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Publication numberUS4871163 A
Publication typeGrant
Application numberUS 07/196,410
Publication dateOct 3, 1989
Filing dateMay 20, 1988
Priority dateJun 9, 1986
Fee statusLapsed
Publication number07196410, 196410, US 4871163 A, US 4871163A, US-A-4871163, US4871163 A, US4871163A
InventorsBenzion Landa, Christopher J. Blake, Gerald R. Housworth, Shai Lior
Original AssigneeSavin Corporation
Export CitationBiBTeX, EndNote, RefMan
External Links: USPTO, USPTO Assignment, Espacenet
Paper control gate
US 4871163 A
Abstract
A paper control gate directs a sheet from any one to any other of a plurality of three or more stations angularly disposed about a single rotatable shaft mounting one or more vanes. The vanes are in general curved and deflect a sheet through an appreciable angle. Where there is little or no sheet deflection between stations, a pair of parallel vanes may provide a passageway. The vanes may be flared at each end to accommodate reversible sheet paths. Large shaft rotations are employed. The stations are equally spaced from the shaft and each is provided with a frictional sheet drive roller.
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Claims(23)
Having thus described our invention, what we claim is:
1. A sheet gate including in combination a rotatable shaft, a plurality of at least three stations angularly disposed about the shaft, vane means for directing a sheet along a path from any of said stations to any other of said stations, said vane means including a plurality of vanes mounted on the shaft, said pair of vanes including closely spaced and generally parallel portions defining a passageway therebetween, and means for rotating the shaft to a plurality of angular positions at each of which the vane means is operative to permit movement of a sheet from one of said stations to another of said stations.
2. A sheet gate as in claim 1, wherein the passageway is generally straight.
3. A sheet gate as in claim 1, wherein the passageway is curved.
4. A sheet gate as in claim 1, wherein the rotating means is further operative to rotate the shaft to a first angular position at which the vane means is operative to pass a sheet between a first station and a second station, and to rotate the shaft to a second angular position at which the passageway is operative to guide a sheet between the first station and a third station.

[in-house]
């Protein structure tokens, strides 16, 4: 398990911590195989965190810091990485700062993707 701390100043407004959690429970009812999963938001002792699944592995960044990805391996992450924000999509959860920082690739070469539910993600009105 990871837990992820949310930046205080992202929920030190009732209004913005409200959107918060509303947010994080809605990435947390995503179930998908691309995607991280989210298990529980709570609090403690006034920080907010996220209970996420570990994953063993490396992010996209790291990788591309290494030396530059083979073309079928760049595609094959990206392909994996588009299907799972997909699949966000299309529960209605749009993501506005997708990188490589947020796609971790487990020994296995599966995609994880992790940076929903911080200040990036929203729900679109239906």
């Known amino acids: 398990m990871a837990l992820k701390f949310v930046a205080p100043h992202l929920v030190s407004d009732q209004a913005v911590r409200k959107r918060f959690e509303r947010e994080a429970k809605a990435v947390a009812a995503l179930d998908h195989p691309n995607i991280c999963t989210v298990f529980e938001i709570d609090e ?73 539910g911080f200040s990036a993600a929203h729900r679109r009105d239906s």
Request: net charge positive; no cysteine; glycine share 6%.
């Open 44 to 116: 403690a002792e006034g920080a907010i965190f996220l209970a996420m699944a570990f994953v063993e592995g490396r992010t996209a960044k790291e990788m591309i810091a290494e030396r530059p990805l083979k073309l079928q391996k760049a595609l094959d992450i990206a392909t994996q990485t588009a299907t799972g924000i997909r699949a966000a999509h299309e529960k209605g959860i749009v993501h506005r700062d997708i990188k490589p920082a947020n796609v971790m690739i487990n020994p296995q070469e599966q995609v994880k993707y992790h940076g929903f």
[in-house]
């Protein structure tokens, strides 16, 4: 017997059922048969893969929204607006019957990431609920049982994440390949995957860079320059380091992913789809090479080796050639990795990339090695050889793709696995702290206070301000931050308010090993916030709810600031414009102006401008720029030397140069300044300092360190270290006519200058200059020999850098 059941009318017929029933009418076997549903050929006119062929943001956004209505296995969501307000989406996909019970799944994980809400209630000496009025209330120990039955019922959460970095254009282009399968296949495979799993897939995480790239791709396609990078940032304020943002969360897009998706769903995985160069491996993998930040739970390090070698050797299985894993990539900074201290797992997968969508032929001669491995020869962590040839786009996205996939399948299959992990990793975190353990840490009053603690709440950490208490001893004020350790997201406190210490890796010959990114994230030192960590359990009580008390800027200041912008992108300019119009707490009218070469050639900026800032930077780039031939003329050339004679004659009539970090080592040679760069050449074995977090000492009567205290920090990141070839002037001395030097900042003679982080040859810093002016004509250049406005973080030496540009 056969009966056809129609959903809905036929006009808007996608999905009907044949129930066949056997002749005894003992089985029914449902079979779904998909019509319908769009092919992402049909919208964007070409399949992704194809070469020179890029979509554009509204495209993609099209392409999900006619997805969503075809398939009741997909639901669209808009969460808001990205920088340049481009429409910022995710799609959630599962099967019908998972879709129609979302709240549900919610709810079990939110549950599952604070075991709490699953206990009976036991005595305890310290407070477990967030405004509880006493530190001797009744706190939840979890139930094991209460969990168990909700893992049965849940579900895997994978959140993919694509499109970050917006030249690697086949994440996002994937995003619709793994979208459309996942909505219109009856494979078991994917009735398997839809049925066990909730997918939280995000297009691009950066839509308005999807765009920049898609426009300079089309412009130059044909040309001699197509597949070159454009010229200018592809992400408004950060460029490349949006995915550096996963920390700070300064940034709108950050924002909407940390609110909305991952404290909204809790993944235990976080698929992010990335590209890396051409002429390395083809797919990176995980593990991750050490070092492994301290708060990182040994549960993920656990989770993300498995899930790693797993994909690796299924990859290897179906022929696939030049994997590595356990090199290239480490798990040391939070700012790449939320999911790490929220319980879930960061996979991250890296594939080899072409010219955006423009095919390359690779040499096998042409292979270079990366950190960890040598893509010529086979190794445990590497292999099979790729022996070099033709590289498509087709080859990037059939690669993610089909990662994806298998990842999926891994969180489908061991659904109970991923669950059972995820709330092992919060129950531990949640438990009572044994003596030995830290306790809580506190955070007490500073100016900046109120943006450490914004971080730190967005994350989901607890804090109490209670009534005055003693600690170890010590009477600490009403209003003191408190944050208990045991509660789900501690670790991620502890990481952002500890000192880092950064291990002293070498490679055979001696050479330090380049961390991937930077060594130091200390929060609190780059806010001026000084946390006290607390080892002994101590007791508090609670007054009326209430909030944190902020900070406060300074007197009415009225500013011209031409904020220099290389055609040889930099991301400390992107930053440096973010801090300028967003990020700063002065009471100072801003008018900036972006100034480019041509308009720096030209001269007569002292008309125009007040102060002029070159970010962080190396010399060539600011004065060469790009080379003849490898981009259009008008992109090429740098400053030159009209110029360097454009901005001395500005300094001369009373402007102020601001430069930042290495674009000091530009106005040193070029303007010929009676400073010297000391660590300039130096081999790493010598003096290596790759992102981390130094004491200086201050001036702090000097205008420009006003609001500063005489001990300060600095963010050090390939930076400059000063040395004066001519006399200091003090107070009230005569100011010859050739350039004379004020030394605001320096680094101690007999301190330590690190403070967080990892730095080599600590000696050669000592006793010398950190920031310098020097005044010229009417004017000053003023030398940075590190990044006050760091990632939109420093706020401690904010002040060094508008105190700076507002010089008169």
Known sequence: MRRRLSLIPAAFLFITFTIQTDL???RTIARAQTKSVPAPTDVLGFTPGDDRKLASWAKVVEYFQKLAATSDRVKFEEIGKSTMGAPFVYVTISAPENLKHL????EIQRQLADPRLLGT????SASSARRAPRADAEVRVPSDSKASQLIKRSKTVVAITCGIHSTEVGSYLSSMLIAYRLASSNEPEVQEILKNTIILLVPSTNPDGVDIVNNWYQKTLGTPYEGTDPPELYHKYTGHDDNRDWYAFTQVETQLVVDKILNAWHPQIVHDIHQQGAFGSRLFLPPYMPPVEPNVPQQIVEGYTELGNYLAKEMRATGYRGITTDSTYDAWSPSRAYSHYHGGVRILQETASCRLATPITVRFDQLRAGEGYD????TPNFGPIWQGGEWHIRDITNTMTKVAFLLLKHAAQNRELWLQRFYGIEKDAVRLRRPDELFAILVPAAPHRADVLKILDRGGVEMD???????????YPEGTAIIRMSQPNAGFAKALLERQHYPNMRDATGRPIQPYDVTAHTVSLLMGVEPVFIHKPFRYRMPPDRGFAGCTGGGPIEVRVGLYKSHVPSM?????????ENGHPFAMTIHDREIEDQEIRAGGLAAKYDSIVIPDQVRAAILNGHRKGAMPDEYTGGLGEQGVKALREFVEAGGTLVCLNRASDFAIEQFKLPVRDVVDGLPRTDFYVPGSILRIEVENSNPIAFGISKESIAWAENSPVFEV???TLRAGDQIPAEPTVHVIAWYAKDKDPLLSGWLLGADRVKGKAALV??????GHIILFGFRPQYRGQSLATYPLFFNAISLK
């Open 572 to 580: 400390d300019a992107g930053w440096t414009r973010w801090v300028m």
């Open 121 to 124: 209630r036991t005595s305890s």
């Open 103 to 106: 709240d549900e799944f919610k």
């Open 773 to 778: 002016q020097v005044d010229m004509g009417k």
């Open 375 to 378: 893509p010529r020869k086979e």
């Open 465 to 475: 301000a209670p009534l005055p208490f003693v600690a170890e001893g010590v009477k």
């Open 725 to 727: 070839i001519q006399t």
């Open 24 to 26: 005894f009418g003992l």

5. A sheet gate as in claim 1, where the number of stations, S, is an even number and S≧4, and the number of vanes, V, is defined as V≧S/2+1, and the number of different angular positions for each of which the vane means is operative to pass a sheet from one of said stations to another of said stations is at least equal to the number of stations.
6. A sheet gate as in claim 5, wherein the vanes have two ends and a plurality of the vanes V are appreciably flared on each end.
7. A sheet gate including in combination a rotatable shaft, a plurality of at least three stations angularly disposed about the shaft, vane means for directing a sheet along a path from any of said stations to any other of said stations, said vane means including at least a first vane mounted on the shaft, and means for rotating the shaft to a plurality of angular positions at each of which the vane means is operative to deflect a sheet from one of said stations through an appreciable angle to another of said stations.
8. A sheet gate as in claim 7, wherein the first vane has two ends, one of the ends being adjacent to a second station in a first angular position at which the vane means is operative to deflect a sheet between a first station and said second station, and the other end being adjacent to a third station in a second angular position at which the vane means is operative to deflect a sheet between said first station and said third station.